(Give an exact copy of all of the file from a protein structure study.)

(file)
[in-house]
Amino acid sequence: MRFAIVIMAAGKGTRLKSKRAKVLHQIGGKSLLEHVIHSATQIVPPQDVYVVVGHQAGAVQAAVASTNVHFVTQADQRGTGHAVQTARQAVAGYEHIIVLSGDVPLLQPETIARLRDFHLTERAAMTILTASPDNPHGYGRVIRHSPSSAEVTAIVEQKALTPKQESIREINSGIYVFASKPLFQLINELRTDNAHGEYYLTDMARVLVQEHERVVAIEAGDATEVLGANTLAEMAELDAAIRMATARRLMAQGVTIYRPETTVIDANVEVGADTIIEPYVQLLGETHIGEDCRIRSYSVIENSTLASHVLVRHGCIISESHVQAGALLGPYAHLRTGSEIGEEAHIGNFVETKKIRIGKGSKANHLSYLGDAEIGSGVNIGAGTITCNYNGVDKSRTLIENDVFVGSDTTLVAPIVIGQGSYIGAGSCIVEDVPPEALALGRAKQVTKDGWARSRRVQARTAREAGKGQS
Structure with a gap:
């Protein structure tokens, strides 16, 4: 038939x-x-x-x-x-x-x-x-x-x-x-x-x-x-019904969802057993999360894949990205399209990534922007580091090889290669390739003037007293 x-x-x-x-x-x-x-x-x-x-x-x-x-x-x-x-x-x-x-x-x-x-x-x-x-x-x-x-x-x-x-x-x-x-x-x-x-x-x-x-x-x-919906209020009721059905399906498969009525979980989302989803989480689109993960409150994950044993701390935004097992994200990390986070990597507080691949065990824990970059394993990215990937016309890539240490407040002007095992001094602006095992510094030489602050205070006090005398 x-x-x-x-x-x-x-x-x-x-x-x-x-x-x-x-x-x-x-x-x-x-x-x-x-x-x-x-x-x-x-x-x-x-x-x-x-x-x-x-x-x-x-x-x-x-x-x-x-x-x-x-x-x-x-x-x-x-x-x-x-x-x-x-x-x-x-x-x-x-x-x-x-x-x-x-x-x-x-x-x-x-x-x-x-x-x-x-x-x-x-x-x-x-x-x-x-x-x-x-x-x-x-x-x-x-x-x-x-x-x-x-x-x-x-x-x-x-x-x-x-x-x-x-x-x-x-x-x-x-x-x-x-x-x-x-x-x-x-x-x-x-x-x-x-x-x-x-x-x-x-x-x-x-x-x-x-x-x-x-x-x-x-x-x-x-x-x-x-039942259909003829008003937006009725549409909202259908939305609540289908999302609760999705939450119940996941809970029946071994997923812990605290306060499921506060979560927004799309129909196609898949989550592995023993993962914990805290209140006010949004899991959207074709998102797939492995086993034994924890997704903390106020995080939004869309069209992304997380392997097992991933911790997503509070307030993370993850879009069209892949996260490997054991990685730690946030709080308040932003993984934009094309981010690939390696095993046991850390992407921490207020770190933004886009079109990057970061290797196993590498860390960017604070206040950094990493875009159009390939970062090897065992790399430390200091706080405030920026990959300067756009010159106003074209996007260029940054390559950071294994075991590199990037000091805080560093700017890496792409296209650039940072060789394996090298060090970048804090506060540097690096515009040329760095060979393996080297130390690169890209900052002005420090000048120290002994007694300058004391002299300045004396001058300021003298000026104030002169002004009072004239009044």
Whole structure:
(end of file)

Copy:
[in-house]
Amino acid sequence: MRFAIVIMAAGKGTRLKSKRAKVLHQIGGKSLLEHVIHSATQIVPPQDVYVVVGHQAGAVQAAVASTNVHFVTQADQRGTGHAVQTARQAVAGYEHIIVLSGDVPLLQPETIARLRDFHLTERAAMTILTASPDNPHGYGRVIRHSPSSAEVTAIVEQKALTPKQESIREINSGIYVFASKPLFQLINELRTDNAHGEYYLTDMARVLVQEHERVVAIEAGDATEVLGANTLAEMAELDAAIRMATARRLMAQGVTIYRPETTVIDANVEVGADTIIEPYVQLLGETHIGEDCRIRSYSVIENSTLASHVLVRHGCIISESHVQAGALLGPYAHLRTGSEIGEEAHIGNFVETKKIRIGKGSKANHLSYLGDAEIGSGVNIGAGTITCNYNGVDKSRTLIENDVFVGSDTTLVAPIVIGQGSYIGAGSCIVEDVPPEALALGRAKQVTKDGWARSRRVQARTAREAGKGQS
Structure with a gap:
């Protein structure tokens, strides 16, 4: 038939x-x-x-x-x-x-x-x-x-x-x-x-x-x-019904969802057993999360894949990205399209990534922007580091090889290669390739003037007293 x-x-x-x-x-x-x-x-x-x-x-x-x-x-x-x-x-x-x-x-x-x-x-x-x-x-x-x-x-x-x-x-x-x-x-x-x-x-x-x-x-x-919906209020009721059905399906498969009525979980989302989803989480689109993960409150994950044993701390935004097992994200990390986070990597507080691949065990824990970059394993990215990937016309890539240490407040002007095992001094602006095992510094030489602050205070006090005398 x-x-x-x-x-x-x-x-x-x-x-x-x-x-x-x-x-x-x-x-x-x-x-x-x-x-x-x-x-x-x-x-x-x-x-x-x-x-x-x-x-x-x-x-x-x-x-x-x-x-x-x-x-x-x-x-x-x-x-x-x-x-x-x-x-x-x-x-x-x-x-x-x-x-x-x-x-x-x-x-x-x-x-x-x-x-x-x-x-x-x-x-x-x-x-x-x-x-x-x-x-x-x-x-x-x-x-x-x-x-x-x-x-x-x-x-x-x-x-x-x-x-x-x-x-x-x-x-x-x-x-x-x-x-x-x-x-x-x-x-x-x-x-x-x-x-x-x-x-x-x-x-x-x-x-x-x-x-x-x-x-x-x-x-x-x-x-x-x-039942259909003829008003937006009725549409909202259908939305609540289908999302609760999705939450119940996941809970029946071994997923812990605290306060499921506060979560927004799309129909196609898949989550592995023993993962914990805290209140006010949004899991959207074709998102797939492995086993034994924890997704903390106020995080939004869309069209992304997380392997097992991933911790997503509070307030993370993850879009069209892949996260490997054991990685730690946030709080308040932003993984934009094309981010690939390696095993046991850390992407921490207020770190933004886009079109990057970061290797196993590498860390960017604070206040950094990493875009159009390939970062090897065992790399430390200091706080405030920026990959300067756009010159106003074209996007260029940054390559950071294994075991590199990037000091805080560093700017890496792409296209650039940072060789394996090298060090970048804090506060540097690096515009040329760095060979393996080297130390690169890209900052002005420090000048120290002994007694300058004391002299300045004396001058300021003298000026104030002169002004009072004239009044």
Whole structure: